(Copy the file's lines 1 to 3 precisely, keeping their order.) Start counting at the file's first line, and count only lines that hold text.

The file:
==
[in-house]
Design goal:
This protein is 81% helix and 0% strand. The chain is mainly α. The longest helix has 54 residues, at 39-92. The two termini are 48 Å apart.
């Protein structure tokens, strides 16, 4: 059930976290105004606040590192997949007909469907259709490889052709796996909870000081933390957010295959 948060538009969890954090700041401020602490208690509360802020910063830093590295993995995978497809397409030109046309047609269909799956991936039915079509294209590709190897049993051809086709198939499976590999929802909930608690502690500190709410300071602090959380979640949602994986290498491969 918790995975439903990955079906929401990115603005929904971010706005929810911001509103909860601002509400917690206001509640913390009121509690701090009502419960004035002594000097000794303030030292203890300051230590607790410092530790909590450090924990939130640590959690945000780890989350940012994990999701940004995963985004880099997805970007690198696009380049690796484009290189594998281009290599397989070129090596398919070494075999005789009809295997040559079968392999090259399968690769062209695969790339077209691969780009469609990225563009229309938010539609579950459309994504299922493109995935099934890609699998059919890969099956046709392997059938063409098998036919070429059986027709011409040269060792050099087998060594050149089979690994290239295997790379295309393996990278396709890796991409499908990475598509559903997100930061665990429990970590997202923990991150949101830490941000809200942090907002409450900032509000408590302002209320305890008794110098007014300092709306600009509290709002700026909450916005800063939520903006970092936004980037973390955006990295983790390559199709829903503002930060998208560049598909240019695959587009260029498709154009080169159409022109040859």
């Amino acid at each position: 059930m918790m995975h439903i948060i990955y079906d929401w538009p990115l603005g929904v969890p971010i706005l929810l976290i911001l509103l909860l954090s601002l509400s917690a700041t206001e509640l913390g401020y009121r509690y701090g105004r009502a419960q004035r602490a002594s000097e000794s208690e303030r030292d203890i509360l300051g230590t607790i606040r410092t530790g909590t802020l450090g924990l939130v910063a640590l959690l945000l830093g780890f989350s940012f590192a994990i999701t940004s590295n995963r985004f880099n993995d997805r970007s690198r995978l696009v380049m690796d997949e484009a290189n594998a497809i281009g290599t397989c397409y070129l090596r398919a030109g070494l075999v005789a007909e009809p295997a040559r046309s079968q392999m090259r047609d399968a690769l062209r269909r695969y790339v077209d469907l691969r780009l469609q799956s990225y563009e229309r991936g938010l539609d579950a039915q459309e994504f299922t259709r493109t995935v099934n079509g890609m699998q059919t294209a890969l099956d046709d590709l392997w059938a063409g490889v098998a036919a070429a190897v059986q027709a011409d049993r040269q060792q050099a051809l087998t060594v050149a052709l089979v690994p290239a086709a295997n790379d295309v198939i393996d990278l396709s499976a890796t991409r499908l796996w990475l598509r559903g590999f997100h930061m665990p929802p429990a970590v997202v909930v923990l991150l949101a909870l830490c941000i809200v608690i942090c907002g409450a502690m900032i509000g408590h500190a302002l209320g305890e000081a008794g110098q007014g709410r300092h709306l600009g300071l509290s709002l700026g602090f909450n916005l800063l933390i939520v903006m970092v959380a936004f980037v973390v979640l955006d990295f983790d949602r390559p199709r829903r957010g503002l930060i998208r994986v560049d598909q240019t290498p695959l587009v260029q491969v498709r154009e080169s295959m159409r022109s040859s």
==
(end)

[in-house]
Design goal:
This protein is 81% helix and 0% strand. The chain is mainly α. The longest helix has 54 residues, at 39-92. The two termini are 48 Å apart.